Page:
It’s your typical story of boy meets alien or otherwise non-human girl, girl falls in love, numerous other beings get involved resulting in inevitable chaos, rinse, repeat.  This formula has been seen before…a LOT.  In fact, ever since Rumiko Takahashi’s Urusei Yatsura, there have been numerous adaptations of the “magical girlfriend” theme involving sexy non-humans (who still always look very human, for some reason) with a penchant for dull, everyday-Joe high school student in Japan (who may or may not have a heretofore unknown past involving other worlds).  Urusei Yatsura worked, as did other later shows that borrowed a similar formula, such as Tenchi Muyo!  However, it also fell flat on several occasions, as any superficially grafted formula is wont to do when lacking the strong characters to back it up.

So what does Nyaruko-san bring to the table?  Well, the basic alien girlfriend formula is in place as Nyaruko (voiced by Kana Asumi), a Nyarlathotepan (yes, the deities of Lovecraft are apparently races of alien beings now) working for the Space Defense Agency, rescues high school student Yasaka Mahiro from a Night Gaunt attack, revealing that Mahiro is the target of a galactic criminal organization and she has been assigned to protect him.  Of course, Nyaruko falls head over heels for Mahiro and ends up living in his home, a matter which is complicated by the later arrival of Kūko (voiced by Miyu Matsuki), a female Cthughan who is madly in love with Nyaruko, and Hasuta (voiced by Rie Kugimiya), a “loli trap” and member of the Hastur race who is completely smitten by Mahiro as well.  The love triangle between Nyaruko, Kūko, and Mahiro forms the core romantic thread of the story as Hasuta tags along for the ride, but what really carries the show from mediocre to highly enjoyable is the frenetic pacing and humorous references that sometimes fly by so fast that you might miss them if you blink.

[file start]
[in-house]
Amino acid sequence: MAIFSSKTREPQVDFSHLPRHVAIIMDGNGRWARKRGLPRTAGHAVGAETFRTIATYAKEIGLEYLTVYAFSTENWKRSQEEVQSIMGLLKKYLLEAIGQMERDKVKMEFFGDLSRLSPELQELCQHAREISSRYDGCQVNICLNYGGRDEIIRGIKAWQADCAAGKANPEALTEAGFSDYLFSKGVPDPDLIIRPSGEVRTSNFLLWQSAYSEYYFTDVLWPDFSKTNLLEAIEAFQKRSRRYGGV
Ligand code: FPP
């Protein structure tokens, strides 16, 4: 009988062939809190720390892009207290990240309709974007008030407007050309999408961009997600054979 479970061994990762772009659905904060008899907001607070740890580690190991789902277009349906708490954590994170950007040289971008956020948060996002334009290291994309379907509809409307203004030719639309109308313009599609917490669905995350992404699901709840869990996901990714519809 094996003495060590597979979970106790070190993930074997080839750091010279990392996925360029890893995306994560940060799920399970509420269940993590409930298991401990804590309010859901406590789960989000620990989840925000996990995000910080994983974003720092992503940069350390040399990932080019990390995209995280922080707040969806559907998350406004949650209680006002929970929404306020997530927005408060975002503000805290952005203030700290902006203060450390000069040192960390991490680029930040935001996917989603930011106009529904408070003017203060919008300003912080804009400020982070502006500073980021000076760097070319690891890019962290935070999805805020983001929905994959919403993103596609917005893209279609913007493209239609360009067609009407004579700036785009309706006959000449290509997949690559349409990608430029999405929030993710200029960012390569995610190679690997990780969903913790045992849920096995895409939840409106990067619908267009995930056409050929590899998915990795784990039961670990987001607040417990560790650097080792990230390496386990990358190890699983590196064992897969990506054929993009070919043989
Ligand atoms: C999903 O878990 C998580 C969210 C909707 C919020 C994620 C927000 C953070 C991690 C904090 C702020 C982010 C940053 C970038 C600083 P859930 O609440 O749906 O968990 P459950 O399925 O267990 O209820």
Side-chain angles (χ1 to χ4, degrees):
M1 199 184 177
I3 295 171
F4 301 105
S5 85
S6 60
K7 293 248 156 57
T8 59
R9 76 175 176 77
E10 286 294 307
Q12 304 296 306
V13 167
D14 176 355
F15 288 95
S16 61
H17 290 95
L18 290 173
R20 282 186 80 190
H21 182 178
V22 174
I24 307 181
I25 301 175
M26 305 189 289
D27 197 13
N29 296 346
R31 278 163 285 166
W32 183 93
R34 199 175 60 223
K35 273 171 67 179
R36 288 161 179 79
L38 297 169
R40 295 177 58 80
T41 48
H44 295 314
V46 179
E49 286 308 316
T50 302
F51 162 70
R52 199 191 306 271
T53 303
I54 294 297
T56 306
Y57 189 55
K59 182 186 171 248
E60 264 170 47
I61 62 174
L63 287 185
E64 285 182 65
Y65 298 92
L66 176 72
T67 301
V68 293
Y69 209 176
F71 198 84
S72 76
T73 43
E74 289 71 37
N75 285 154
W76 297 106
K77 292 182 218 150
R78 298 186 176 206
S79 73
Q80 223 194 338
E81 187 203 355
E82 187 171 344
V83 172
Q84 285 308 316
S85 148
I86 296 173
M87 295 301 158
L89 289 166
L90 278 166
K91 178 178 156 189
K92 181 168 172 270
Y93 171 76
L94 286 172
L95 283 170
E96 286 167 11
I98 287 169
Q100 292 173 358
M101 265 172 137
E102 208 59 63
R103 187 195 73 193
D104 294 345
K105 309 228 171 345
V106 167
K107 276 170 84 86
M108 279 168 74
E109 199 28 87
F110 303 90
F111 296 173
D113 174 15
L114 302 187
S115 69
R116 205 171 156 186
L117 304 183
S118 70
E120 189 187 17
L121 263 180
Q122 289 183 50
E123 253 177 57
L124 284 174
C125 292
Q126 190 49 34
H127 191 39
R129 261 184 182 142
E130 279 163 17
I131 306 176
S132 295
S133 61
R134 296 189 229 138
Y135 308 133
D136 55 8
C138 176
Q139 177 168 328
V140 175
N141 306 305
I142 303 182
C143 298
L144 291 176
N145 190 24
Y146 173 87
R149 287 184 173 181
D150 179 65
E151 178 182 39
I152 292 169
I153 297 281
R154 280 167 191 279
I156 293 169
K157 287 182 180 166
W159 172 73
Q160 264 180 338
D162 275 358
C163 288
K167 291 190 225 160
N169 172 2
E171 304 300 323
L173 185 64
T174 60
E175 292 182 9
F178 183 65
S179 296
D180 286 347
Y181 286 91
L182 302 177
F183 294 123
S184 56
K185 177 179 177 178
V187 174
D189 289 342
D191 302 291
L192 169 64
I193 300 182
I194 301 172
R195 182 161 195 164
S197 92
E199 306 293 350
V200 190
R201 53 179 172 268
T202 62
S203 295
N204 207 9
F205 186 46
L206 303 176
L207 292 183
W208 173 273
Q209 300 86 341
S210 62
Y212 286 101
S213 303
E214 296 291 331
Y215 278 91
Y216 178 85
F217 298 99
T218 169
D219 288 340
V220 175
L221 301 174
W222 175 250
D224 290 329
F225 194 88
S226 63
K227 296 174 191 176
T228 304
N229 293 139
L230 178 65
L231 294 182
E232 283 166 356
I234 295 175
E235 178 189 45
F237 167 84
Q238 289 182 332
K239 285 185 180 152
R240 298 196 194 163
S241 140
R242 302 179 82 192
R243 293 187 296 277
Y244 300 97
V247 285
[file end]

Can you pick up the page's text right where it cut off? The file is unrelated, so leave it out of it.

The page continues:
Not as reliant on the typical situational humor drawn from the awkward scenes that are bound to occur when a boy and several girls/boys infatuated with him live under the same roof, the show is more heavily focused on (self-) referential humor and various parodies, consistently breaking the fourth wall as well.  The Mythos references are obviously there, with the predictable Lovecraftian vocabulary (unspeakable, blasphemous, unnamable, etc.) being used for laughs, along with puns that may seem somewhat esoteric to English-speakers, such as Nyaruko’s amphibious vehicle the Nephren-car, and the Cola of Cthulhu from R’lyeh Land, as well as that theme park’s Innsmouth mascot.  (The latter pun is only detectable when Innsmouth is spoken in Japanese pronunciation, as “mouth” is the same as “mouse” = Mickey Mouse.) Sanity points are also frequently mentioned in reference to the RPG. Nyaruko-san doesn’t limit itself to Mythos humor, however, with everything from Pokémon and Mobile Suit Gundam, to Back to the Future showing up in rapid succession.

Otaku culture is also a major theme in the show, as Nyaruko informs Mahiro that Earth’s entertainment, including Japanese anime, manga, and games, are highly valued commodities on the galactic market. BL (Boys’ Love), gaming console wars, and other Akiba-related topics often form the key plot points of episodes, with hilarious results.  Almost always managing to maintain a playful tongue-in-cheek approach without falling victim to its own stereotypes, Nyaruko-san is an enjoyable romp through a unique and entertaining world.

So is it in any way true to Lovecraft? Perhaps not, but one thing is clear: the creators certainly knew a thing or two about H.P. and his universe, and weren’t afraid to take some (extreme) creative liberties and have some fun with the gods and monsters of the Cthulhu Mythos.  While there has been no announcement of an English release for the novels or manga, the animated TV series and OVAs are being streamed by Crunchyroll.  So if you like your Lovecraft light, fun, and sprinkled with a liberal dose of chaotic humor, you might just be able to wrap your tentacles around Haiyore! Nyaruko-san and what are certainly some of the cutest Cthulhu characters yet to be seen!